A handheld probe that can identify cancer cells during surgery can be useful to prevent cancer recurrences and increase the cancer-free lifespan of the patient.
- A multimodal probe can detect the metabolic composition of cancer cells during surgery
- The use of such a probe can ensure that all the cancer cells are detected and adequately treated
- The subsequent reduction in recurrences can increase life span in patients
The study was published in Cancer Research.
Cancers are notorious for recurrences. They usually start in one organ, where they gradually increase in size and then spread either locally, or through blood or lymphatics.
Lymphatics are vessels that carry tissue fluid from a particular part and finally drain it into a major vein.
‘A multimodal probe can detect brain cancer cells during surgery, and therefore prevent cancer recurrences.’
Treatment of cancer includes surgery, radiotherapy, chemotherapy
and targeted therapy. Surgery is often preceded by chemotherapy,
referred to as neoadjuvant chemotherapy,
to reduce the size of the cancer and to make it easy to remove is surgically. Unfortunately, surgery cannot guarantee the complete removal of every cancer cell. If some cancer cells escape treatment, the cancer can recur, either at the same site, or at some other site where the cells may have spread. Recurrences are often more difficult to treat. Therefore, cancer surgery is usually followed by additional treatment like chemotherapy or radiotherapy to clear the remaining cancer cells. This form of treatment is referred to as adjuvant therapy.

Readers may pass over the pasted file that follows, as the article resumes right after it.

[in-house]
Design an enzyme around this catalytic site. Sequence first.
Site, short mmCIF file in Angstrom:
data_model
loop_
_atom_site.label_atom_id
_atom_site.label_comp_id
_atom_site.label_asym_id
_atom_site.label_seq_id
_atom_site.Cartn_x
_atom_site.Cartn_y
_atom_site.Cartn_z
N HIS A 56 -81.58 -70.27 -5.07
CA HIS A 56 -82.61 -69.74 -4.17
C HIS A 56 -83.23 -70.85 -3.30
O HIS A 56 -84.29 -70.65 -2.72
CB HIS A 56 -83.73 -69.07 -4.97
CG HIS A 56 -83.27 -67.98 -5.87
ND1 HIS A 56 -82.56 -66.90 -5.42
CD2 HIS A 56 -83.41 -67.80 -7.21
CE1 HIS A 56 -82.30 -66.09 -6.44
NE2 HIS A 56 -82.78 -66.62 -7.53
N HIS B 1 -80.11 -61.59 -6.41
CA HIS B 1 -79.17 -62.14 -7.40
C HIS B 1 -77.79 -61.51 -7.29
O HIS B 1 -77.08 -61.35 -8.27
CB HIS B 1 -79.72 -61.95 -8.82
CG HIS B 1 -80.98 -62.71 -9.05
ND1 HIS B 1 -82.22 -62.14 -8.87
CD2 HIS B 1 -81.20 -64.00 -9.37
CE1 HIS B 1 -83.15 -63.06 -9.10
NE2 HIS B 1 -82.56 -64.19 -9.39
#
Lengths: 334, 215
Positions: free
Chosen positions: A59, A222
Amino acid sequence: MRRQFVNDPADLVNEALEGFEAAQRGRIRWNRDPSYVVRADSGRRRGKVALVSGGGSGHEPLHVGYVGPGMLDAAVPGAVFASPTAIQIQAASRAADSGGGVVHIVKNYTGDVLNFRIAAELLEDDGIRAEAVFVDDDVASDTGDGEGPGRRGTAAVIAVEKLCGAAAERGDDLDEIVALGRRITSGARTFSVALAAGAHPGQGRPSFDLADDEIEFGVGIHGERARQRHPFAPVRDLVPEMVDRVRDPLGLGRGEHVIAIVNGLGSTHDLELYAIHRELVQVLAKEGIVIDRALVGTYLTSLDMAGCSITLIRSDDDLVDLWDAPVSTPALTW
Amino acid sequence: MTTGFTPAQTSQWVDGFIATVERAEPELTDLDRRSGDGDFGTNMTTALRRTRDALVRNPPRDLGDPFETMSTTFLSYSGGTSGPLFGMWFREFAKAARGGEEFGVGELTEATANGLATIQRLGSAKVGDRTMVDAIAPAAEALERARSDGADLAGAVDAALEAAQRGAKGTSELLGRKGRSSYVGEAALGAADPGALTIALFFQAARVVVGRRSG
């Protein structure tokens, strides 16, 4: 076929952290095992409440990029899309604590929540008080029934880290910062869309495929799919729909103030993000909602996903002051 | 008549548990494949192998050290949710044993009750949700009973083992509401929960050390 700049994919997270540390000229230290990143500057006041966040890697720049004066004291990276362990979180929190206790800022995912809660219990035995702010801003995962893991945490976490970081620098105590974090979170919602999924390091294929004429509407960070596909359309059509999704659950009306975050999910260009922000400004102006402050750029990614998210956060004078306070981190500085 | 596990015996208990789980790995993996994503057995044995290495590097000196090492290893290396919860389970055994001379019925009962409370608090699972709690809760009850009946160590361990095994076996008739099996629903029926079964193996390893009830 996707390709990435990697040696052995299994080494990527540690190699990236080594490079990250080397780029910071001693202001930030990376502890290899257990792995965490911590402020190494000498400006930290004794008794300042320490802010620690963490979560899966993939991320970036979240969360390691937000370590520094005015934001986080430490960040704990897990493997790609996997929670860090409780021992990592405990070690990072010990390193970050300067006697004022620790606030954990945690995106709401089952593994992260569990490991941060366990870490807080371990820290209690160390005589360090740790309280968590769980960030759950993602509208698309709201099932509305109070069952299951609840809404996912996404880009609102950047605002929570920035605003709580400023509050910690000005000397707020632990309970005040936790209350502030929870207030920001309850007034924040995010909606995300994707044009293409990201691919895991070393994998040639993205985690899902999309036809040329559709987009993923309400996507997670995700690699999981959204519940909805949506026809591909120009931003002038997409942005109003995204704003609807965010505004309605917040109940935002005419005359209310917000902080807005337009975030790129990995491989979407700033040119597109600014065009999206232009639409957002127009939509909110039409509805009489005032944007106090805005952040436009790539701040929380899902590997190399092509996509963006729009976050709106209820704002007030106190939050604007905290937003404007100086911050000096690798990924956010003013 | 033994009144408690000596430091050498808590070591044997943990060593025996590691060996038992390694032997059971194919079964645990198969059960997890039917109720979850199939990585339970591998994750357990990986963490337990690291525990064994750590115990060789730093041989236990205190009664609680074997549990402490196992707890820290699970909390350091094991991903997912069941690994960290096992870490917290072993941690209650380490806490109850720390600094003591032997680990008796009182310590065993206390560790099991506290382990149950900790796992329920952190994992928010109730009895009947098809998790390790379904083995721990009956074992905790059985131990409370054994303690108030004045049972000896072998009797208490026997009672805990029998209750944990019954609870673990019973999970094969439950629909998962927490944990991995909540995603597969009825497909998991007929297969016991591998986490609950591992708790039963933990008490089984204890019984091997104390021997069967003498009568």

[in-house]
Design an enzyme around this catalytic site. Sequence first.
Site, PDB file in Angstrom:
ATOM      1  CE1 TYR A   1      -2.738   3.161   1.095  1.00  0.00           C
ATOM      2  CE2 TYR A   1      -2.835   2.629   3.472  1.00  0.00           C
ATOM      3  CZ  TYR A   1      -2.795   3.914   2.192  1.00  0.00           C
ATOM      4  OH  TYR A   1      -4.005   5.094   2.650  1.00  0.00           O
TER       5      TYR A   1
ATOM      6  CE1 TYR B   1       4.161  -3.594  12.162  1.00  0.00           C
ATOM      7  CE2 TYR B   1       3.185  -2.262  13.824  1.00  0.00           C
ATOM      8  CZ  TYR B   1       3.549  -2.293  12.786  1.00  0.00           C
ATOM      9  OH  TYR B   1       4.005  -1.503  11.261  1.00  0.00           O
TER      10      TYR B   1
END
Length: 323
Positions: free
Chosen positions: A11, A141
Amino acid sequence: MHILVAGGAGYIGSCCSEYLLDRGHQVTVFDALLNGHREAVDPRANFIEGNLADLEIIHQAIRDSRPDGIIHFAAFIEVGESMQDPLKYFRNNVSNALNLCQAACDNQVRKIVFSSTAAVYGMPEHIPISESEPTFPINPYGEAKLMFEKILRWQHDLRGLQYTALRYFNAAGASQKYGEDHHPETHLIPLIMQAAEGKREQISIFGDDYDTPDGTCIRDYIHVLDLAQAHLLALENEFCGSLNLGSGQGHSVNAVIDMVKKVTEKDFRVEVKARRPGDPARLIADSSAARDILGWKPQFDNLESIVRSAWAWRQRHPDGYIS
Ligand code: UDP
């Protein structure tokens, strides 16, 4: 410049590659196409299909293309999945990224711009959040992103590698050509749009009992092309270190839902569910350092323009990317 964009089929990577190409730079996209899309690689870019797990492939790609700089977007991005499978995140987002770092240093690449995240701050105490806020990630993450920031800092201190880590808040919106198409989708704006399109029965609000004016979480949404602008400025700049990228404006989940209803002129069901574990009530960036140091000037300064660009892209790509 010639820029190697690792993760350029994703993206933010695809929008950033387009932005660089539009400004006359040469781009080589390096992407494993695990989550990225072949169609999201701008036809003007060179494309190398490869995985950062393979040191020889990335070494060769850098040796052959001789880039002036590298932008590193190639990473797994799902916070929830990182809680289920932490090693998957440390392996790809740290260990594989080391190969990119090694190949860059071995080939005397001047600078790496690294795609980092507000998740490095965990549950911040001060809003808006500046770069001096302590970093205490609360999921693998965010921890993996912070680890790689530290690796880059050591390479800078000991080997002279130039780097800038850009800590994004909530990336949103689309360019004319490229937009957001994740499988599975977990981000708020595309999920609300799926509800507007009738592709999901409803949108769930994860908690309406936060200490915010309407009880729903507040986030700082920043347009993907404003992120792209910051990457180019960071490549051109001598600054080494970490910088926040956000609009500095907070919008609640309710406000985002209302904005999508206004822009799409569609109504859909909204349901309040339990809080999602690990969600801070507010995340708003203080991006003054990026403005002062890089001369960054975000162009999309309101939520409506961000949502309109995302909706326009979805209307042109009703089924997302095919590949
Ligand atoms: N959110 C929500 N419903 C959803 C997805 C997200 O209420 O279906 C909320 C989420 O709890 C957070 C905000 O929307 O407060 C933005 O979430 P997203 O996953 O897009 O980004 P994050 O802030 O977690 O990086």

Adjuvant therapy, unfortunately, does not only attack cancer cells. Due to its effects on normal cells, it can cause unpleasant side effects. Therefore, a method that can accurately detect all cancer cells so that they can be adequately treated during the primary surgery, could reduce the chances of recurrences and improve the cancer-free life span of the patient.
A multimodal optical spectroscopy probe could be the answer to the above problem. It is a handheld device that combines intrinsic fluorescence spectroscopy, diffuse reflectance spectroscopy, and Raman spectroscopy, and has been found to be extremely sensitive, specific and accurate in detecting cancer cells in the brain.
The probe identifies the metabolic composition of the cancer cells. It can be used during surgery so that the cancer can be adequately treated, and the chances of recurrence are further reduced.
The probe has also been tested for other cancers of the colon, lung and the skin, with good results.
An older version of the probe is being tested in a clinical trial during surgery for a type of brain tumor
called glioma. Depending on the results of the study, a clinical trial to evaluate the newer version of the probe will be designed. If results are positive and if the device receives FDA approval, its benefits could be extended to a larger population of cancer patients.
- Jermyn M et al. Highly accurate detection of cancer in situ with intraoperative, label-free, multimodal optical spectroscopy. Cancer Research (2017);77(14); 1-9